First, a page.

In a report released by Limeade in October, surveying 1,000 employees at companies with at least 500 people, 72% reported that they were experiencing burnout, up from 42% in a similar survey prior to the pandemic.
Limeade’s report found “staggering” differences in the experiences of male and female managers, with women managers reporting lower levels of overall well-being and job security. Its data showed 11% of women reported extremely positive well-being, vs. 42% of men who responded to the survey.
Microsoft’s Future of Work reportfound similar patterns, and a wide variety of experiences depending on individual employee situations. While some employees reported benefits from increased flexibility, others reported increased stressed and “a feeling of always working.”
Data from Seattle startup TINYPulse, which offers technology for quick employee surveys and feedback, indicated a 34% drop in peer recognition for new hires onboarded in 2020 versus 2019. New hires “are struggling to get connected in the social fabric and culture of organizations in ways that may not be easily observed,” the survey found.
Technology: Employee experience technologies vary widely by vendor, but generally include survey, communication, informational and educational tools.
Viva, which will be integrated into Microsoft’s Teams platform, includes technology that analyzes how employees spend their time, provides a central hub for internal company resources, integrates learning into the flow of work, and provides access to internal corporate knowledge and expertise.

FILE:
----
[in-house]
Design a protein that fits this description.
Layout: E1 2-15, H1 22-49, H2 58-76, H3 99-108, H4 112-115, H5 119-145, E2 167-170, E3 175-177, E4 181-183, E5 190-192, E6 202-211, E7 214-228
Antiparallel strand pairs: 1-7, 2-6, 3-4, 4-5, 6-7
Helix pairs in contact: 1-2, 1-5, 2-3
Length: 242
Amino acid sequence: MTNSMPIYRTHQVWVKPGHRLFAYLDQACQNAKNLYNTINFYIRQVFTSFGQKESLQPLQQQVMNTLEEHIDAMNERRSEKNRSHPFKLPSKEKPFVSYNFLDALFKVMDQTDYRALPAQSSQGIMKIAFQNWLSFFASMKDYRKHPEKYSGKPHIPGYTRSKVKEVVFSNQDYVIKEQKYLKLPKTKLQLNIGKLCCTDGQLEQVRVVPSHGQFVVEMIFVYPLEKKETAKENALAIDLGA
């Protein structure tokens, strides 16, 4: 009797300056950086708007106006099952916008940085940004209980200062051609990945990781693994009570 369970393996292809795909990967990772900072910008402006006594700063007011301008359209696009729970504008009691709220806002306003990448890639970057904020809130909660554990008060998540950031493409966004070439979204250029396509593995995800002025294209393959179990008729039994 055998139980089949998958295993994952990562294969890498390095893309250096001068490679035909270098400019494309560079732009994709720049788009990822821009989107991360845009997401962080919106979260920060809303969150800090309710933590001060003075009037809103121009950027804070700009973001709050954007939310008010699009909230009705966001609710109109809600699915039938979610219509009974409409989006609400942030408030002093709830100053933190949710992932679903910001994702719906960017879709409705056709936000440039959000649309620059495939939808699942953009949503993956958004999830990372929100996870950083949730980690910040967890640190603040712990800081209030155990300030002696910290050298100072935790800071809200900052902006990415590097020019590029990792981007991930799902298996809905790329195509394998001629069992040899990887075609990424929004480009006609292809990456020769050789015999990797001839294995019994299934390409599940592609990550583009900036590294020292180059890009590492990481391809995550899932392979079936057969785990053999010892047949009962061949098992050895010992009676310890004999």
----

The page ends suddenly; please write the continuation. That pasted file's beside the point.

Limeade’s technology focuses on overall well-being, engagement and inclusion, including individual and group activities, connections to HR and other company resources, tools for communicating, giving praise and feedback, forming groups, and connecting with employees.
Market size: Microsoft cites analyst estimates putting the employee experience tech market at $300 billion in annual corporate spending. “In fact, I have never seen such a massive proliferation of technology hit the enterprise at once,” wrote industry analyst Josh Bersin in a white paper. “I am tracking more than 1,400 vendors that sell new tools for recruitment, performance management, wellbeing, learning, employee surveying, and other HR applications.”